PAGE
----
Voith Paper is a leading (World number 2 after Metso Paper) supplier in the international paper industry, supporting all aspects of the paper-making process from fibers to end products. Voith Paper’s product portfolio includes machines for newsprint paper, protective and specialized papers (decorative paper, thermal paper, cigarette paper, tissue paper) as well as graphic papers, sanitary papers and cardboard. Worldwide, one third of the global paper production is performed on Voith Paper production systems.

Management: Voith Paper Holding GmbH & Co. KG, Heidenheim, Germany. Divisions: Fiber Systems, Paper Machines – Graphic, Paper Machines – Board /Packaging, Fabrics, Finishing, Rolls, and Automation.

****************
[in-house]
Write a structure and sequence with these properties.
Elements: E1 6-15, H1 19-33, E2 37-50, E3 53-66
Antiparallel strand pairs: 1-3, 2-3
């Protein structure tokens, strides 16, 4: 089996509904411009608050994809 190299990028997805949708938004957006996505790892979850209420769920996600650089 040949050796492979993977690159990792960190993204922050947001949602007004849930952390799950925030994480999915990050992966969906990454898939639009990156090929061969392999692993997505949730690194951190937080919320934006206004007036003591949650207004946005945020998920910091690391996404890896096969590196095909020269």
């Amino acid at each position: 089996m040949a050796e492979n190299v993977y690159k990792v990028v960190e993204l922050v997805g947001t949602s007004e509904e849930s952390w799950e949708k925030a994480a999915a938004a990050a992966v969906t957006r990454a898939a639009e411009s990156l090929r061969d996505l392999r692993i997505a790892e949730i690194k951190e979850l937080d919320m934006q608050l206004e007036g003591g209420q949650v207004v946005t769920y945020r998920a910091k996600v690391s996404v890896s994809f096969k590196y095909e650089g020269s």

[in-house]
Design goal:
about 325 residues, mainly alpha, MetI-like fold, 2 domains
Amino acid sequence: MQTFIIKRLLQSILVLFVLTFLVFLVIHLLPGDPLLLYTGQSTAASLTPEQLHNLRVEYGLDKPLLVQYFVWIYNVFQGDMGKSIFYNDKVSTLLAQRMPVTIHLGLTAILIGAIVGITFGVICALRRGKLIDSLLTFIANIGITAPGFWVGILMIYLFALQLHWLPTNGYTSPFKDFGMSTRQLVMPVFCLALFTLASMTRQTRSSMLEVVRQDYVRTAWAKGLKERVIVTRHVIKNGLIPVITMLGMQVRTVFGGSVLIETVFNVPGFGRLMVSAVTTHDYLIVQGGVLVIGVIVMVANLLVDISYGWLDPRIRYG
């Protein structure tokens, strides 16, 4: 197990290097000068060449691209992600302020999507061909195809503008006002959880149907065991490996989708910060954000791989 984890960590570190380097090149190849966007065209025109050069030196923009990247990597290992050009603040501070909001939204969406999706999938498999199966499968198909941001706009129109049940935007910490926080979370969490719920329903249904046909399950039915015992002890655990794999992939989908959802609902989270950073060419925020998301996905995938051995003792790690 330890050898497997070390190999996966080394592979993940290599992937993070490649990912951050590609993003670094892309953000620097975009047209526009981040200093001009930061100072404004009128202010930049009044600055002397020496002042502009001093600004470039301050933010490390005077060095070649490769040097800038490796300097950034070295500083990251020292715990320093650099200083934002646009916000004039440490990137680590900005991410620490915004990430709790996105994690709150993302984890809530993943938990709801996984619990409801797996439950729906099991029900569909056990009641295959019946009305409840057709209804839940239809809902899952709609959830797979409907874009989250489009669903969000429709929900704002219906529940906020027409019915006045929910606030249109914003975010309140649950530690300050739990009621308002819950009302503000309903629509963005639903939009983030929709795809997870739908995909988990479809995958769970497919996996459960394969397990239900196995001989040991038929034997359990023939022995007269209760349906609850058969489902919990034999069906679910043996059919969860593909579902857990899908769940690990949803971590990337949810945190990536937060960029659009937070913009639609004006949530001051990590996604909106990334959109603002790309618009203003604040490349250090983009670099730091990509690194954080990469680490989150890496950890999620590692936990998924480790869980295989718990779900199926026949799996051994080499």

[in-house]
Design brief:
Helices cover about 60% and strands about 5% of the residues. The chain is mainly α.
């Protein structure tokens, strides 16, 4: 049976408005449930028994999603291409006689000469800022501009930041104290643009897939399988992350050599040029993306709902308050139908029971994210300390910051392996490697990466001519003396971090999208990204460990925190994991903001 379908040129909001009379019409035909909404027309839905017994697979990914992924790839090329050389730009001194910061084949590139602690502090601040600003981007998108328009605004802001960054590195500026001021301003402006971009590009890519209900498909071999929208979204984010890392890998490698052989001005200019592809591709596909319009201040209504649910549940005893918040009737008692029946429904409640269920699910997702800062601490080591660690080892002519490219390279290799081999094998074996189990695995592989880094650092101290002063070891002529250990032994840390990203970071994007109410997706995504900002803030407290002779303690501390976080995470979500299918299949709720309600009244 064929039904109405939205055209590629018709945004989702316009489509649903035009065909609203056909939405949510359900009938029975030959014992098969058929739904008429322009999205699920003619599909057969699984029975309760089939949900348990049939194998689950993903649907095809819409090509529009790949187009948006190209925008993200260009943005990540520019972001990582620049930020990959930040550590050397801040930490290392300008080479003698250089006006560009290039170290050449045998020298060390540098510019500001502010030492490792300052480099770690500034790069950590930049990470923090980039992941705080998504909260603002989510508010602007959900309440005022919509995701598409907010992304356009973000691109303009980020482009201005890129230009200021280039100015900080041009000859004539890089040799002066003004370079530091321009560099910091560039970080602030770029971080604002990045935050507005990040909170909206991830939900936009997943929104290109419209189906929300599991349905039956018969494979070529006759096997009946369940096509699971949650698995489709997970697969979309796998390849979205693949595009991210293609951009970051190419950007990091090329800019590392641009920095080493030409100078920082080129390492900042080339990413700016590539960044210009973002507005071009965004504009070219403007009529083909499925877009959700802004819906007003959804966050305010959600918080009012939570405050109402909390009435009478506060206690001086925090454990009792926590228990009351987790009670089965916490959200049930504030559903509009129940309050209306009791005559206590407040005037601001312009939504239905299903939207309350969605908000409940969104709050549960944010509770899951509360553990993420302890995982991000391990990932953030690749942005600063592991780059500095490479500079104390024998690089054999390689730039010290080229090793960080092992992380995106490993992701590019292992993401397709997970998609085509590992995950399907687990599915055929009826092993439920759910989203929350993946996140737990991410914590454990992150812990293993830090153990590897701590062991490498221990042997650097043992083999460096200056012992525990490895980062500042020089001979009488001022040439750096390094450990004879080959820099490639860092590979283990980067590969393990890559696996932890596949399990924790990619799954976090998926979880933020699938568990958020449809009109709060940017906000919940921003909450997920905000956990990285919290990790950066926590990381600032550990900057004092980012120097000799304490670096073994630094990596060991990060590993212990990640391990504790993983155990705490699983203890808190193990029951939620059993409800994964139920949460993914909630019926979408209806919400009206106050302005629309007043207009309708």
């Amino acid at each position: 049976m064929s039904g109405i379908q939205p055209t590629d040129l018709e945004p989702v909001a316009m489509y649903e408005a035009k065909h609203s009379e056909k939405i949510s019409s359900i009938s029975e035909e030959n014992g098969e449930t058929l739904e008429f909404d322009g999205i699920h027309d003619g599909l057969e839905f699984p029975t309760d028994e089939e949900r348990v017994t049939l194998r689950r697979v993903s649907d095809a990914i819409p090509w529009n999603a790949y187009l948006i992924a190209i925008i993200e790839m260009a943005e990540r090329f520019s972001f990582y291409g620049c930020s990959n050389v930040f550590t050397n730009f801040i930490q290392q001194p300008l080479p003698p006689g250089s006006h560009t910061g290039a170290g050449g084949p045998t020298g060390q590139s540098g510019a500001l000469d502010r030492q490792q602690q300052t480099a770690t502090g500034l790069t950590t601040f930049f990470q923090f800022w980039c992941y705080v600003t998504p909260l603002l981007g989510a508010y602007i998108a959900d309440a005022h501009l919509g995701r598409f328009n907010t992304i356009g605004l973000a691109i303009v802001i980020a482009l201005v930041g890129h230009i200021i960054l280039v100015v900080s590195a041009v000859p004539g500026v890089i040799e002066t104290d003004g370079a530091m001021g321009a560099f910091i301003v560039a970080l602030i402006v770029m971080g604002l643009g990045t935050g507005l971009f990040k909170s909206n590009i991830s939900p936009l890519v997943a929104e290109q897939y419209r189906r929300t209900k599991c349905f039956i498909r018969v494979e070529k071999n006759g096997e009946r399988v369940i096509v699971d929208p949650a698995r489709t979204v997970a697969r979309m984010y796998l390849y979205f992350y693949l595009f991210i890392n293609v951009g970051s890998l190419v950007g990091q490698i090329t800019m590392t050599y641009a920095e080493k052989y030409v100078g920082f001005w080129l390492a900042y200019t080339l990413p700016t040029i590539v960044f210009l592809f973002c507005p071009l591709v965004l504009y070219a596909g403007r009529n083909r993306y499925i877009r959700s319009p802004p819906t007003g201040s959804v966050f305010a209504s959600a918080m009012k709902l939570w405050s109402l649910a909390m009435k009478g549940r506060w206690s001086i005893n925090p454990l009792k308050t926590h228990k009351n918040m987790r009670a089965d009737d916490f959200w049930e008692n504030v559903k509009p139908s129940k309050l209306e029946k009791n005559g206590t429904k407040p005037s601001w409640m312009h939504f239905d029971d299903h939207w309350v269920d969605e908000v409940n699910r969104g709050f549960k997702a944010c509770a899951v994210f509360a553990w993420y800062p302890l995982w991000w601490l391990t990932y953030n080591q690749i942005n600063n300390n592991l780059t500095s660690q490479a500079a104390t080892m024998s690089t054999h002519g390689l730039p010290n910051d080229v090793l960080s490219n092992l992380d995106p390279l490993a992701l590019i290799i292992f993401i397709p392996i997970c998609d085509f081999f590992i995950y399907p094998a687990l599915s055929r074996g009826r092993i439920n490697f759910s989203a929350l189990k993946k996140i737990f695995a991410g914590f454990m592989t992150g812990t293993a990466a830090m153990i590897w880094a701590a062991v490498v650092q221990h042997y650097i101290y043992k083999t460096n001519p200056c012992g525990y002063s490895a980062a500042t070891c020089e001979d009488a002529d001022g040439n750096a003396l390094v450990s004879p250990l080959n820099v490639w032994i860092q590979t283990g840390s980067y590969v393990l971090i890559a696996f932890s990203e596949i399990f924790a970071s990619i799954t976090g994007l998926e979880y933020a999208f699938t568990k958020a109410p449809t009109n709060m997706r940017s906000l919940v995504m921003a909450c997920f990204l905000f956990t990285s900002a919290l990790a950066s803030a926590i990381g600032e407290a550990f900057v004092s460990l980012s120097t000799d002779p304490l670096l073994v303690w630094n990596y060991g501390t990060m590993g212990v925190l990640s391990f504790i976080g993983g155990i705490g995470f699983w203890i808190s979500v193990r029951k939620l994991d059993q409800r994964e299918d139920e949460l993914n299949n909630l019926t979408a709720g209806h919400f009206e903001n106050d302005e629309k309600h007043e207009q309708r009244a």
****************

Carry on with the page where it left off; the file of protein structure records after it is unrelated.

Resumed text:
Revenues (2005/06): aprx. 1.57 billion euros. Employees: 9,977. Percentage of total group revenues: 42%


Fiber Systems: Complete paper-stock preparation systems and key components for processing primary fibers and recycled paper, including handling, conveyor and waste treatment systems.

Paper Machines: Machinery and systems for producing: paper, carton board, cardboard, and fiber fabrics; Coating machines and reel technologies.

Finishing: Machinery and systems for the refining and re-processing of paper such as, Janus Concept, supercalender, soft and hard nip polishers, roll cutters, roll transporters and roll packing systems.

Automation: Online sensors, control components and software for quality control management in paper machines.

Rolls: Roll service, roll covers and coatings, component conversions, and field service.

Fabrics: Forming screens, press felts, drying screens, press and transfer bands for paper making.

Voith Siemens Hydro Power Generation